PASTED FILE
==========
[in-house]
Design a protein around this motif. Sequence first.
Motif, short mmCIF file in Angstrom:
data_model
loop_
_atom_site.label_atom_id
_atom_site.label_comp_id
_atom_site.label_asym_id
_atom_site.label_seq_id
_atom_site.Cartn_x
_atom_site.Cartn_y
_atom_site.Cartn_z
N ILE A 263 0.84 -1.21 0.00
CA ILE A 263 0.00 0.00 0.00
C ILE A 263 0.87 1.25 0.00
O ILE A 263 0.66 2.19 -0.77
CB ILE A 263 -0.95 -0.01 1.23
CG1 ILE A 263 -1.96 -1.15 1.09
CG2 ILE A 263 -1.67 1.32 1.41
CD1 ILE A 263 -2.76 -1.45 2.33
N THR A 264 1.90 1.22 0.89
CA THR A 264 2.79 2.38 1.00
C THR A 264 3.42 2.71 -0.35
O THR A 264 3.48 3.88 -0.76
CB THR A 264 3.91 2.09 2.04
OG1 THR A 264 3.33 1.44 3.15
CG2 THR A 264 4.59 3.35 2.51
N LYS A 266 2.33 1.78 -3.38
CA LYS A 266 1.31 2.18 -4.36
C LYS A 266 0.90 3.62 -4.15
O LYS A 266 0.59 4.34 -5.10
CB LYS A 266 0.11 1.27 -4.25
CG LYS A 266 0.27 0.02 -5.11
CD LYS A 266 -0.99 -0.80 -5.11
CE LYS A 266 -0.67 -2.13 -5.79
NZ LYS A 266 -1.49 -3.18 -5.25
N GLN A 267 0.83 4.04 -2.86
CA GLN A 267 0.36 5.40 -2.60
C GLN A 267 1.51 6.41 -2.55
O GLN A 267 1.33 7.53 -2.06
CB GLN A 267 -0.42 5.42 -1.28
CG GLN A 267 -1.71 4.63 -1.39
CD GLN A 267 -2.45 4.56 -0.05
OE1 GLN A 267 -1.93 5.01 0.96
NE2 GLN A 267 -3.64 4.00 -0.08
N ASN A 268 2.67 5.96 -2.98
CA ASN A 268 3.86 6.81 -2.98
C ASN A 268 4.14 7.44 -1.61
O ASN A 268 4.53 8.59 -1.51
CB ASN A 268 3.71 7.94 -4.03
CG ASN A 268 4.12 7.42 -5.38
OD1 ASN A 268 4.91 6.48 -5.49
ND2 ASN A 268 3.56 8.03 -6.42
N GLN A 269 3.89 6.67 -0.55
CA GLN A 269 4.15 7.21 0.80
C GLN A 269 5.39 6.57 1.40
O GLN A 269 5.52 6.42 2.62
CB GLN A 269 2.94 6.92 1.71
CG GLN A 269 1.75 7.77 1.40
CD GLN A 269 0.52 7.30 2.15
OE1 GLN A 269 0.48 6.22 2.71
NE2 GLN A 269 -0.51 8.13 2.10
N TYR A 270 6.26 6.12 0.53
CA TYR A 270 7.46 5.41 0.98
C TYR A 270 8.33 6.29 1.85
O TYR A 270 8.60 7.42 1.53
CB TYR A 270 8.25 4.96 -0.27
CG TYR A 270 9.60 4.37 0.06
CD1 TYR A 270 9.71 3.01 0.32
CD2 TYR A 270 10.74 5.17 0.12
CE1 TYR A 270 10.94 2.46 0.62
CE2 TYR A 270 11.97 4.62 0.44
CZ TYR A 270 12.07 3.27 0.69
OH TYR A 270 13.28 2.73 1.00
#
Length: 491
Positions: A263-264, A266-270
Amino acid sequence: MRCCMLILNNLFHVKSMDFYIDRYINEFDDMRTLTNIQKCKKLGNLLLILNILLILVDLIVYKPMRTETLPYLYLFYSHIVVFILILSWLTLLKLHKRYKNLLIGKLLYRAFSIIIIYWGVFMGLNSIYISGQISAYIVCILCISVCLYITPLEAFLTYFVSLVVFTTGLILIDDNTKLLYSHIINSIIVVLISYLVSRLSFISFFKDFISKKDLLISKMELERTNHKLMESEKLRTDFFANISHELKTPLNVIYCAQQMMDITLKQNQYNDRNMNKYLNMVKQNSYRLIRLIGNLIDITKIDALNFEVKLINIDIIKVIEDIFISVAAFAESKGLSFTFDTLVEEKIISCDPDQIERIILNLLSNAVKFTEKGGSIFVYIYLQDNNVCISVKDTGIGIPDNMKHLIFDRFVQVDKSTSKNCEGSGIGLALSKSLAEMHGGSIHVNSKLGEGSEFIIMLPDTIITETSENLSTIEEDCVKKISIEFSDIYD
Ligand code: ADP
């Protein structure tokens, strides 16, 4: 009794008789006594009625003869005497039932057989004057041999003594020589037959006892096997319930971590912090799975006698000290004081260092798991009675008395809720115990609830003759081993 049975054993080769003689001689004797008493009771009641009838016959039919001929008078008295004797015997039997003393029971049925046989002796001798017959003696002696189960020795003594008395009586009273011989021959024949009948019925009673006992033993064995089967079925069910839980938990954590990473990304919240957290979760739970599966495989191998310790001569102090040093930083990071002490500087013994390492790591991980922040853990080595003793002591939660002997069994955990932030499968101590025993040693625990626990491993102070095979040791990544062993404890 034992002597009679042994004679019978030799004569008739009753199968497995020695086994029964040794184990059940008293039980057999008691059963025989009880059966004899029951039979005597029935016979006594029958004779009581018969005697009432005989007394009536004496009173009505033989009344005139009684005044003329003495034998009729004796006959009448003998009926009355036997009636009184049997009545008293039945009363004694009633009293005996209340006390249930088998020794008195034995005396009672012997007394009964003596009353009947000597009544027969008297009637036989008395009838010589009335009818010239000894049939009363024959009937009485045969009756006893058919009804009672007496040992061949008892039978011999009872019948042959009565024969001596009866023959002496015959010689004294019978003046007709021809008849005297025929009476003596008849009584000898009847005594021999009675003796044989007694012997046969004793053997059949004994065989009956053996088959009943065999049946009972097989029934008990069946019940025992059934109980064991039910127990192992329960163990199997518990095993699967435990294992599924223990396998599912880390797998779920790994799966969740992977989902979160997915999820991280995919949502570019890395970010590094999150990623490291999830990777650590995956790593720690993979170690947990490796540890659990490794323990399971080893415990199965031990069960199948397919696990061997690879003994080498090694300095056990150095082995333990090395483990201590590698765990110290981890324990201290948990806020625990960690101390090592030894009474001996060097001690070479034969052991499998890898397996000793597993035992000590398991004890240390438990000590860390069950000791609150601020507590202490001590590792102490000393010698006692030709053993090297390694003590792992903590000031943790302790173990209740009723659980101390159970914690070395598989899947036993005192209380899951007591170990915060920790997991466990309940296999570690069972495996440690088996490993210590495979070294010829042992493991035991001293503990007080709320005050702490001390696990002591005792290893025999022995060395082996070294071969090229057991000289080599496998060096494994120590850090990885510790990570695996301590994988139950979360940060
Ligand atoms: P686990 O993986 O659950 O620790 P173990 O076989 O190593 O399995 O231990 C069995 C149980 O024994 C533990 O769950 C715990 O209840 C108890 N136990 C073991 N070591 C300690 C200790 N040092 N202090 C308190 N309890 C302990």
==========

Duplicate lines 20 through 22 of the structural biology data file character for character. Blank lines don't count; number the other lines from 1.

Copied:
CD1 ILE A 263 -2.76 -1.45 2.33
N THR A 264 1.90 1.22 0.89
CA THR A 264 2.79 2.38 1.00